We might notice that the binary distinction that Söderbäck delineates has often included Judaism on the side of cyclical time and Christianity on the side of linear time. Some segments of Christian thought see Judaism as existing in a non-progressing time, while Christianity involves linear, progressive messianic time—in which sin has been redeemed. Judaism and Christianity also are often mapped onto the body/spirit binary, where ritual practice that addresses our bodily acts, food and work, is devalued in comparison to religion that primarily mandates thoughts and prayers. Put simply, some see Judaism as being about law, and Christianity about love. We might respond by considering the ways in which Jewish law gives us guidelines for manifesting love in the physical world.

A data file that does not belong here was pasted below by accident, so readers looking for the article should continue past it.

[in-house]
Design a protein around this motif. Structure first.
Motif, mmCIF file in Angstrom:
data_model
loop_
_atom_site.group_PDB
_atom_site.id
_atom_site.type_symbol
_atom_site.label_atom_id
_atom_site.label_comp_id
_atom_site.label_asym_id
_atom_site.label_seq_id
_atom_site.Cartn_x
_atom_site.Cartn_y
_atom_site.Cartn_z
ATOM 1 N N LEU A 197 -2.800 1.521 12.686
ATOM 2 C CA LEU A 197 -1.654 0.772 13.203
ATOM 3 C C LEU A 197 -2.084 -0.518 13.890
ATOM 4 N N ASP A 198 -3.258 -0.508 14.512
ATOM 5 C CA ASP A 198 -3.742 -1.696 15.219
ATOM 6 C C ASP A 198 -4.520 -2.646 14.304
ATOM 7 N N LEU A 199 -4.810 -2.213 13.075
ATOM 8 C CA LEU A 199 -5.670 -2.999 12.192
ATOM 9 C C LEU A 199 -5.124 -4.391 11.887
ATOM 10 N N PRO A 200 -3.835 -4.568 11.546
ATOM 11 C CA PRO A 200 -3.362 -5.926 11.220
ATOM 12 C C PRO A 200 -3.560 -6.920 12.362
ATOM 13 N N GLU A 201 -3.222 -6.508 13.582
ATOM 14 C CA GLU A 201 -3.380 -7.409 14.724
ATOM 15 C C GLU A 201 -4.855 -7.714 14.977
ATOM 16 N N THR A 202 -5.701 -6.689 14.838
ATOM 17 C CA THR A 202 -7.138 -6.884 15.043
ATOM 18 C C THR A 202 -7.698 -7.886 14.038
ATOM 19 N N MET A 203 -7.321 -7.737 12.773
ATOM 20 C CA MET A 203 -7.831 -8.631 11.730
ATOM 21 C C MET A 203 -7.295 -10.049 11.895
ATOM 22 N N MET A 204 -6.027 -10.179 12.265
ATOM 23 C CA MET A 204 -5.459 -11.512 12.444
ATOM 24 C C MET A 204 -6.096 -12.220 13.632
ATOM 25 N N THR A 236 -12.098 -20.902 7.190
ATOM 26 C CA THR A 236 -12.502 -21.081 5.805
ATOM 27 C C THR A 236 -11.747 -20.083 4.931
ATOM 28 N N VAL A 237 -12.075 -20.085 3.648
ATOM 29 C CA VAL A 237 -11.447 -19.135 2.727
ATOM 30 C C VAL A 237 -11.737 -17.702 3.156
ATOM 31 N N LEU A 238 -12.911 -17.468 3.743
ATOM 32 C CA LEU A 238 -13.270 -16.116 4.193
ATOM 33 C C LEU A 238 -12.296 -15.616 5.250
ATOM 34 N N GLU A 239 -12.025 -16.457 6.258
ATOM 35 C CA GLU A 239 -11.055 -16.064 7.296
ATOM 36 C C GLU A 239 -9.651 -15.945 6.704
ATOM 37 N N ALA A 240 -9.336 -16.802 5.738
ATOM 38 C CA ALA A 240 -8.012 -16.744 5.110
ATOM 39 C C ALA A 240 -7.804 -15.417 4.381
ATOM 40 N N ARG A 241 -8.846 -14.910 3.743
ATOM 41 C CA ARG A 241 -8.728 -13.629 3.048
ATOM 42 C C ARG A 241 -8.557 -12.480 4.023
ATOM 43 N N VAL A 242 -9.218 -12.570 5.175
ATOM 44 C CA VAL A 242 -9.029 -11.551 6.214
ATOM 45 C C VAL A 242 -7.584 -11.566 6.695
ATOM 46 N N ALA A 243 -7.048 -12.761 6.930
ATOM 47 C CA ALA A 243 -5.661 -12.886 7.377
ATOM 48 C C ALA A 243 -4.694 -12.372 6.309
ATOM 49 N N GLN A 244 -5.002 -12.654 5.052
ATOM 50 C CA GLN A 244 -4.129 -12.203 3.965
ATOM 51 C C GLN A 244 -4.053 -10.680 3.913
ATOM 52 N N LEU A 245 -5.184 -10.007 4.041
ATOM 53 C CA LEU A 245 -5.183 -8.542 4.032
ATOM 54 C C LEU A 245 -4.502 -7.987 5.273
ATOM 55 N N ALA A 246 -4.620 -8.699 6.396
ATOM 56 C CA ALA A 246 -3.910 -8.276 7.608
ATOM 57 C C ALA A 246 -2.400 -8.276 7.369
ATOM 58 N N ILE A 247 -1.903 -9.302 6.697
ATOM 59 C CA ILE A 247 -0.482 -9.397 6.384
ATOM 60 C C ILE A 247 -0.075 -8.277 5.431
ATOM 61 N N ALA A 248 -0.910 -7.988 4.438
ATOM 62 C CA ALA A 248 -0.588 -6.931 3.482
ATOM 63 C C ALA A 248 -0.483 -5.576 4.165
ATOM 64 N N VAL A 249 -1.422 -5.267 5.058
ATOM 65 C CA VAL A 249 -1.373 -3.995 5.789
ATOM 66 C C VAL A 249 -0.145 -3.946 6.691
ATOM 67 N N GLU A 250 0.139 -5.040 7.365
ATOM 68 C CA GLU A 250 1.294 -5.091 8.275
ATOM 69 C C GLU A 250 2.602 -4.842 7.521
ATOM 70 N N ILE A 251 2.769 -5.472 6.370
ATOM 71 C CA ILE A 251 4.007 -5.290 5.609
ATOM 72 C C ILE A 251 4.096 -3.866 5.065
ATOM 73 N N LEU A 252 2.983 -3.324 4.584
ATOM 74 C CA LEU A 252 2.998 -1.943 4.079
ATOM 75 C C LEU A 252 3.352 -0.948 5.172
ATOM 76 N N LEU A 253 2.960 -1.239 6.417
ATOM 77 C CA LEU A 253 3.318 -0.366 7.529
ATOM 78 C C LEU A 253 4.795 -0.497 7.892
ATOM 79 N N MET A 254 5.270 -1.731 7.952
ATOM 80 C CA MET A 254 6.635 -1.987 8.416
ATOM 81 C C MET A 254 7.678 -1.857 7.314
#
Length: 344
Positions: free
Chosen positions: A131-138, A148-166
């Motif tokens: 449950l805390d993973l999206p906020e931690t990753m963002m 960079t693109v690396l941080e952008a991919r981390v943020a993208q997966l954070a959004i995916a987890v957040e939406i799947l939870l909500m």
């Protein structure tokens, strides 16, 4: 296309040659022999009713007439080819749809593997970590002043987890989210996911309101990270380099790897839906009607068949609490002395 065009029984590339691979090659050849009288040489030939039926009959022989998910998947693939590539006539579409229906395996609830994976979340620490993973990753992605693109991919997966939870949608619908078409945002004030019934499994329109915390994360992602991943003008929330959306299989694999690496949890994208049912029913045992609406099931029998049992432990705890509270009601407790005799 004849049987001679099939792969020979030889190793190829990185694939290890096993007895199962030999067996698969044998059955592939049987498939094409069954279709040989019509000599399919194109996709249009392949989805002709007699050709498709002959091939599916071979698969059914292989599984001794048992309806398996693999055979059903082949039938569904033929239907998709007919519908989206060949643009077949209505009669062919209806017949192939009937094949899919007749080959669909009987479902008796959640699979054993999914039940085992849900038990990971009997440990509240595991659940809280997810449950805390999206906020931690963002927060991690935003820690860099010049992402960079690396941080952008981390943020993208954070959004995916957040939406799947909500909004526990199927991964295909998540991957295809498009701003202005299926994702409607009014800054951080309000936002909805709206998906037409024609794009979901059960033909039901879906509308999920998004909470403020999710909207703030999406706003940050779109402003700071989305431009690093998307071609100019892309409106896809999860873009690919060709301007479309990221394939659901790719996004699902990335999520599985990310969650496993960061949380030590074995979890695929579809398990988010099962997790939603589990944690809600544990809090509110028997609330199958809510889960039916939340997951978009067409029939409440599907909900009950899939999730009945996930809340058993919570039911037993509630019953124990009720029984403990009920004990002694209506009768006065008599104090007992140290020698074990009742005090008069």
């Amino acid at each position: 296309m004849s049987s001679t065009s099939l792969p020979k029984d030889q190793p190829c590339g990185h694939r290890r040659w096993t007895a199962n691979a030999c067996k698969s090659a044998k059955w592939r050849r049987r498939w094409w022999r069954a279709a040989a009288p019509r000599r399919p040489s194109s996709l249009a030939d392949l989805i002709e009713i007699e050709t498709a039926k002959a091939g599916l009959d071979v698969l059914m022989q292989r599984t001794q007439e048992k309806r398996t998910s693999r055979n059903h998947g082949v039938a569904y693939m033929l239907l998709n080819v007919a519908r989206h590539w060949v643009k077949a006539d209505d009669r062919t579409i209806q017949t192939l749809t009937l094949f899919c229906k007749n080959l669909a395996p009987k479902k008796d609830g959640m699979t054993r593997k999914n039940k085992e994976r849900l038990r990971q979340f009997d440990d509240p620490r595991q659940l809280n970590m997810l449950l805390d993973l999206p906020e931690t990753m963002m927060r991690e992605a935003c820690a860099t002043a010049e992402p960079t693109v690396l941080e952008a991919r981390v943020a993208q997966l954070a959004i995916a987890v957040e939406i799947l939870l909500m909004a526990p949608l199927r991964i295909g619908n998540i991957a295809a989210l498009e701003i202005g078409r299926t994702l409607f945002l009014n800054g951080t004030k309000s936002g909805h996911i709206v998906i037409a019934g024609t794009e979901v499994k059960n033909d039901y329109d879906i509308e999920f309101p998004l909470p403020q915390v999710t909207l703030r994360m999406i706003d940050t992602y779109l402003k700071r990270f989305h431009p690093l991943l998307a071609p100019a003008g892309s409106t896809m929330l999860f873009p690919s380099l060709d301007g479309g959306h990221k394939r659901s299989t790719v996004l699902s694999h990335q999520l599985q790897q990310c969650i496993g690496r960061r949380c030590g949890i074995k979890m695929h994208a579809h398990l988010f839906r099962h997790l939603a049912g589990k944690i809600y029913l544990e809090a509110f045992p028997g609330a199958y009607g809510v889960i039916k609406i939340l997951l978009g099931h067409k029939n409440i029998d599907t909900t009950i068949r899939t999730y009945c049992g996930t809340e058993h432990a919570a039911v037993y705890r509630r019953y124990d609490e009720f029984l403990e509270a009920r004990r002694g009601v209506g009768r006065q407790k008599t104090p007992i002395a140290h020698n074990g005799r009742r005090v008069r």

Conversely, patriarchal branches of Judaism have often made the claim that the Jews invented progress, that is, linear time—that the idea of a G-d that acts in history, who redeems us from slavery, points to a progressive march through time, where “real” transformation can occur, as opposed to early matriarchal cultures that lived cyclical time, where deities represented aspects of the agricultural cycle, which were the same from year to year.